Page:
2 MIN. DE LECTURA
(Adds inflation target, context)
BRASILIA, March 10 (Reuters) - The Brazilian central bank's inflation expectations have risen for 2016 and 2017 despite a deep recession and a fall in government-regulated prices, signaling policymakers are not poised to cut interest rates from their highest level in nearly a decade.
In the minutes from its last rate-setting meeting, released on Thursday, the bank also reiterated it remains committed to lowering inflation to the 4.5 percent target in 2017.
The minutes did not specify the extent to which the bank's inflationary expectations have increased, even while noting the disinflationary impact of the recession and fall in regulated prices.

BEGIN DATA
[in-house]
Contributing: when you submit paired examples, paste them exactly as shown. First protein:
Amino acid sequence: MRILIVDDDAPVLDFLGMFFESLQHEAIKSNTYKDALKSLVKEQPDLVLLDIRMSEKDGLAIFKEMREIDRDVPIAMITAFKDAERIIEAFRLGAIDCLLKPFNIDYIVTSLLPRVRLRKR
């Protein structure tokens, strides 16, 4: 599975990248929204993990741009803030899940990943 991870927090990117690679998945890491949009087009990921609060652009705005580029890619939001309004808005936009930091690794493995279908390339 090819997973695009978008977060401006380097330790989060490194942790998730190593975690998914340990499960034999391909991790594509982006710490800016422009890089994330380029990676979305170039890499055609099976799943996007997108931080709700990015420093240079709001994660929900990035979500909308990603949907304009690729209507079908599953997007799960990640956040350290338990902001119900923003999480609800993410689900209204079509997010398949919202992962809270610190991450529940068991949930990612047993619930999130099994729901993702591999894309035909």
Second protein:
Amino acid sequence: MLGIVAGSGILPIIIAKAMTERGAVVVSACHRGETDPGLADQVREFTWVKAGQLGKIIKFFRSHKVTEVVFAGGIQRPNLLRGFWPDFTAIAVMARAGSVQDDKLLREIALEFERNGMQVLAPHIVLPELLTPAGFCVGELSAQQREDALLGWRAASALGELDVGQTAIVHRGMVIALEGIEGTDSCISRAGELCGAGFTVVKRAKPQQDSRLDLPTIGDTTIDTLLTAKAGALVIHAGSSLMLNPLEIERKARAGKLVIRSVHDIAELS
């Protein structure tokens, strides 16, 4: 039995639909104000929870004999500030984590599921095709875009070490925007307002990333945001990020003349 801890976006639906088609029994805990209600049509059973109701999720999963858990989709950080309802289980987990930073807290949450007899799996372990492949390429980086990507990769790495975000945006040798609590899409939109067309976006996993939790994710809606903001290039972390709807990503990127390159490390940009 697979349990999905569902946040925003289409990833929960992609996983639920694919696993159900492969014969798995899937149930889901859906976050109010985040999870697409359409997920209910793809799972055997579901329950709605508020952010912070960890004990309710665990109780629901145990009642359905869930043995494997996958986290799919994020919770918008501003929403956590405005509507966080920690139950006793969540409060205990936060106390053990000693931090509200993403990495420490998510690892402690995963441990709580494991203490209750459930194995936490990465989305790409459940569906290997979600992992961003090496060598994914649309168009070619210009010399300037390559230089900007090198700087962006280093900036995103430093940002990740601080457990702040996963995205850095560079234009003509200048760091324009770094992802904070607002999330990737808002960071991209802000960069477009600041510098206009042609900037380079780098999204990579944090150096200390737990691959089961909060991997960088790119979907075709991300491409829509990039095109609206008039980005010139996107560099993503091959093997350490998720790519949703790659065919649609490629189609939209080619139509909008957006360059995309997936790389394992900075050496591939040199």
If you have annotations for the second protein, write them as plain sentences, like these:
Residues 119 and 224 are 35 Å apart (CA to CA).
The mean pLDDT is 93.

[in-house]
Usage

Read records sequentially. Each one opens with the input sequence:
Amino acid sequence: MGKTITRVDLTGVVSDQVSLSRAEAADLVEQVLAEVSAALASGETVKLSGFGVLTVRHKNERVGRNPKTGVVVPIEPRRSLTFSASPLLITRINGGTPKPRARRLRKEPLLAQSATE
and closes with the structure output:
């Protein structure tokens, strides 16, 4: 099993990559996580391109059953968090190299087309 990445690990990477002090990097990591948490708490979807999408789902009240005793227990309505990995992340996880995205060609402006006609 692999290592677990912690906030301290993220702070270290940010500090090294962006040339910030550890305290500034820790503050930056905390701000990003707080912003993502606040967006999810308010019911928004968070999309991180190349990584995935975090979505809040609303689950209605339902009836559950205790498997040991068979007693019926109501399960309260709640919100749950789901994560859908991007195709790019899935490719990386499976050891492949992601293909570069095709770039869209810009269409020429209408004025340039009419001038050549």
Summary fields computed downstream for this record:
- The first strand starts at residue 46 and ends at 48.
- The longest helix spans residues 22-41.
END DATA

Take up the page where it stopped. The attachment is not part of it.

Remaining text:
Political pressure over the central bank to cut some of the world's highest interest rates to pull the economy out of a crippling recession have raised bets policymakers could lower borrowing costs this year.
The central bank kept its benchmark Selic rate at 14.25 percent at its March 2 meeting for the fifth straight time citing concerns over the global economy.
Since that meeting the Brazilian real has strengthened sharply and electricity rates dropped, easing pressure on inflation.
Consumer prices rose 10.36 percent in the 12 months through February, slowing from a 12-year high of 10.71 percent in January and below the lowest forecast in a Reuters poll. (Reporting by Alonso Soto and Silvio Cascione; Writing by Alonso Soto; Editing by W Simon)